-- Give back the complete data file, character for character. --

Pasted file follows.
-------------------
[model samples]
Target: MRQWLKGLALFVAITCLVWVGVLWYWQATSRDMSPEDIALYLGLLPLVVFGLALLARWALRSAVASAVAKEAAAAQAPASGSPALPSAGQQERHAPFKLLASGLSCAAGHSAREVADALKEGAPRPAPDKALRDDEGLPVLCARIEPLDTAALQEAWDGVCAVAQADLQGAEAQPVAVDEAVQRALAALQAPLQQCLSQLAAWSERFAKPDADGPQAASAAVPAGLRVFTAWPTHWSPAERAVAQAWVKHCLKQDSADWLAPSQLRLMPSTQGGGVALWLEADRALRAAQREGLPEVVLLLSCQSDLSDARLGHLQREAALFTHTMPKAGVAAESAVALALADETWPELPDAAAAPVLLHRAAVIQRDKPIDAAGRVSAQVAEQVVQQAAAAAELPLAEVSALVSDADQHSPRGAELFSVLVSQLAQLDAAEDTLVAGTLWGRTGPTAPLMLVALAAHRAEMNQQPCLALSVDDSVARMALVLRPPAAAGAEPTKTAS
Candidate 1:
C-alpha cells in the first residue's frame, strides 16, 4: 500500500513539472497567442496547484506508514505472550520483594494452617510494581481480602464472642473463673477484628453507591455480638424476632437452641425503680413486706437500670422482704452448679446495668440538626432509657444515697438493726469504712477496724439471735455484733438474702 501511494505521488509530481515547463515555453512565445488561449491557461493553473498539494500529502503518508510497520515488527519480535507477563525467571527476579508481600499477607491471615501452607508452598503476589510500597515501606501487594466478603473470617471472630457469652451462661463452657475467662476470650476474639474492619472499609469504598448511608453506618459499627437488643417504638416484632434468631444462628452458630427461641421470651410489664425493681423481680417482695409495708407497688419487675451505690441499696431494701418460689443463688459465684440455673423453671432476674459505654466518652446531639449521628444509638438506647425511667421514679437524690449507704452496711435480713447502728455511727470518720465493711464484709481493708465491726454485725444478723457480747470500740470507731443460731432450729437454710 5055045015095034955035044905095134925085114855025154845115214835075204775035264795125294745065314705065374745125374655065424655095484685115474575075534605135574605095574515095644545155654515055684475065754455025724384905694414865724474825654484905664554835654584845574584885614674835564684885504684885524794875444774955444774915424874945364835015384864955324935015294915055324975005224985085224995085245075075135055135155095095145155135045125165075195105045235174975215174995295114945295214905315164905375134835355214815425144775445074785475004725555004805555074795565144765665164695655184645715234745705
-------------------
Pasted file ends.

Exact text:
[model samples]
Target: MRQWLKGLALFVAITCLVWVGVLWYWQATSRDMSPEDIALYLGLLPLVVFGLALLARWALRSAVASAVAKEAAAAQAPASGSPALPSAGQQERHAPFKLLASGLSCAAGHSAREVADALKEGAPRPAPDKALRDDEGLPVLCARIEPLDTAALQEAWDGVCAVAQADLQGAEAQPVAVDEAVQRALAALQAPLQQCLSQLAAWSERFAKPDADGPQAASAAVPAGLRVFTAWPTHWSPAERAVAQAWVKHCLKQDSADWLAPSQLRLMPSTQGGGVALWLEADRALRAAQREGLPEVVLLLSCQSDLSDARLGHLQREAALFTHTMPKAGVAAESAVALALADETWPELPDAAAAPVLLHRAAVIQRDKPIDAAGRVSAQVAEQVVQQAAAAAELPLAEVSALVSDADQHSPRGAELFSVLVSQLAQLDAAEDTLVAGTLWGRTGPTAPLMLVALAAHRAEMNQQPCLALSVDDSVARMALVLRPPAAAGAEPTKTAS
Candidate 1:
C-alpha cells in the first residue's frame, strides 16, 4: 500500500513539472497567442496547484506508514505472550520483594494452617510494581481480602464472642473463673477484628453507591455480638424476632437452641425503680413486706437500670422482704452448679446495668440538626432509657444515697438493726469504712477496724439471735455484733438474702 501511494505521488509530481515547463515555453512565445488561449491557461493553473498539494500529502503518508510497520515488527519480535507477563525467571527476579508481600499477607491471615501452607508452598503476589510500597515501606501487594466478603473470617471472630457469652451462661463452657475467662476470650476474639474492619472499609469504598448511608453506618459499627437488643417504638416484632434468631444462628452458630427461641421470651410489664425493681423481680417482695409495708407497688419487675451505690441499696431494701418460689443463688459465684440455673423453671432476674459505654466518652446531639449521628444509638438506647425511667421514679437524690449507704452496711435480713447502728455511727470518720465493711464484709481493708465491726454485725444478723457480747470500740470507731443460731432450729437454710 5055045015095034955035044905095134925085114855025154845115214835075204775035264795125294745065314705065374745125374655065424655095484685115474575075534605135574605095574515095644545155654515055684475065754455025724384905694414865724474825654484905664554835654584845574584885614674835564684885504684885524794875444774955444774915424874945364835015384864955324935015294915055324975005224985085224995085245075075135055135155095095145155135045125165075195105045235174975215174995295114945295214905315164905375134835355214815425144775445074785475004725555004805555074795565144765665164695655184645715234745705